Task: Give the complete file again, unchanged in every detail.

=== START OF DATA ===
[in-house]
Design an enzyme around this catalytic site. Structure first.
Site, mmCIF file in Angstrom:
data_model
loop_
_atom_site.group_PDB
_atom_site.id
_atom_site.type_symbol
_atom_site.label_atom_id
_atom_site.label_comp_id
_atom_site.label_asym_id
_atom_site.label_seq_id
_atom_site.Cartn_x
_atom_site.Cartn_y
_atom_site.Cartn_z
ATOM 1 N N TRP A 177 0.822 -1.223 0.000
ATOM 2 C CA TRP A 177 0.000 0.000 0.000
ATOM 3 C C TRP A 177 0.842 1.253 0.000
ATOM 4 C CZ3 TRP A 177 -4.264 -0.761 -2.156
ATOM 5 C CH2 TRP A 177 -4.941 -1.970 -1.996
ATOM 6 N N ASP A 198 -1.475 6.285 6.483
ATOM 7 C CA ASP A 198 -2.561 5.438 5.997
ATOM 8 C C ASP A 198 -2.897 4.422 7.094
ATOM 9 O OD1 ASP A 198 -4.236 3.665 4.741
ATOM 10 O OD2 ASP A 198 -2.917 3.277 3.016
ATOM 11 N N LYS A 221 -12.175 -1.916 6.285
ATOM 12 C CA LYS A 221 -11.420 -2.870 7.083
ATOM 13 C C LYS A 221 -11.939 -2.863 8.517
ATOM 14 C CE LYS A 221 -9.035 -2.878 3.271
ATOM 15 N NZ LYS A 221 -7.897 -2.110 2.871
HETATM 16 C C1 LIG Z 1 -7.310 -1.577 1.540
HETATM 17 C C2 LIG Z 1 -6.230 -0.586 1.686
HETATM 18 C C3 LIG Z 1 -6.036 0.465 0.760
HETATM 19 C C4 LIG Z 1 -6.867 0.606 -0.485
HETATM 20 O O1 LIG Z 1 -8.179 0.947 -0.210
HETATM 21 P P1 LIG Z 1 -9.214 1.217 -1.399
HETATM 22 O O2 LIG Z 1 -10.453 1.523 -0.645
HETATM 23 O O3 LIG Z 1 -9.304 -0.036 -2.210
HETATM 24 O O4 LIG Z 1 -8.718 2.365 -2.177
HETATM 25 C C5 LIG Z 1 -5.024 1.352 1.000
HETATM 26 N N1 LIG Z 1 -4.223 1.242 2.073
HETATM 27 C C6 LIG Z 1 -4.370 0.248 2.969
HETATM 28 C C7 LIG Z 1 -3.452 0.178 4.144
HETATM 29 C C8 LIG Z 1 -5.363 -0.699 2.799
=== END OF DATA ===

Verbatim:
[in-house]
Design an enzyme around this catalytic site. Structure first.
Site, mmCIF file in Angstrom:
data_model
loop_
_atom_site.group_PDB
_atom_site.id
_atom_site.type_symbol
_atom_site.label_atom_id
_atom_site.label_comp_id
_atom_site.label_asym_id
_atom_site.label_seq_id
_atom_site.Cartn_x
_atom_site.Cartn_y
_atom_site.Cartn_z
ATOM 1 N N TRP A 177 0.822 -1.223 0.000
ATOM 2 C CA TRP A 177 0.000 0.000 0.000
ATOM 3 C C TRP A 177 0.842 1.253 0.000
ATOM 4 C CZ3 TRP A 177 -4.264 -0.761 -2.156
ATOM 5 C CH2 TRP A 177 -4.941 -1.970 -1.996
ATOM 6 N N ASP A 198 -1.475 6.285 6.483
ATOM 7 C CA ASP A 198 -2.561 5.438 5.997
ATOM 8 C C ASP A 198 -2.897 4.422 7.094
ATOM 9 O OD1 ASP A 198 -4.236 3.665 4.741
ATOM 10 O OD2 ASP A 198 -2.917 3.277 3.016
ATOM 11 N N LYS A 221 -12.175 -1.916 6.285
ATOM 12 C CA LYS A 221 -11.420 -2.870 7.083
ATOM 13 C C LYS A 221 -11.939 -2.863 8.517
ATOM 14 C CE LYS A 221 -9.035 -2.878 3.271
ATOM 15 N NZ LYS A 221 -7.897 -2.110 2.871
HETATM 16 C C1 LIG Z 1 -7.310 -1.577 1.540
HETATM 17 C C2 LIG Z 1 -6.230 -0.586 1.686
HETATM 18 C C3 LIG Z 1 -6.036 0.465 0.760
HETATM 19 C C4 LIG Z 1 -6.867 0.606 -0.485
HETATM 20 O O1 LIG Z 1 -8.179 0.947 -0.210
HETATM 21 P P1 LIG Z 1 -9.214 1.217 -1.399
HETATM 22 O O2 LIG Z 1 -10.453 1.523 -0.645
HETATM 23 O O3 LIG Z 1 -9.304 -0.036 -2.210
HETATM 24 O O4 LIG Z 1 -8.718 2.365 -2.177
HETATM 25 C C5 LIG Z 1 -5.024 1.352 1.000
HETATM 26 N N1 LIG Z 1 -4.223 1.242 2.073
HETATM 27 C C6 LIG Z 1 -4.370 0.248 2.969
HETATM 28 C C7 LIG Z 1 -3.452 0.178 4.144
HETATM 29 C C8 LIG Z 1 -5.363 -0.699 2.799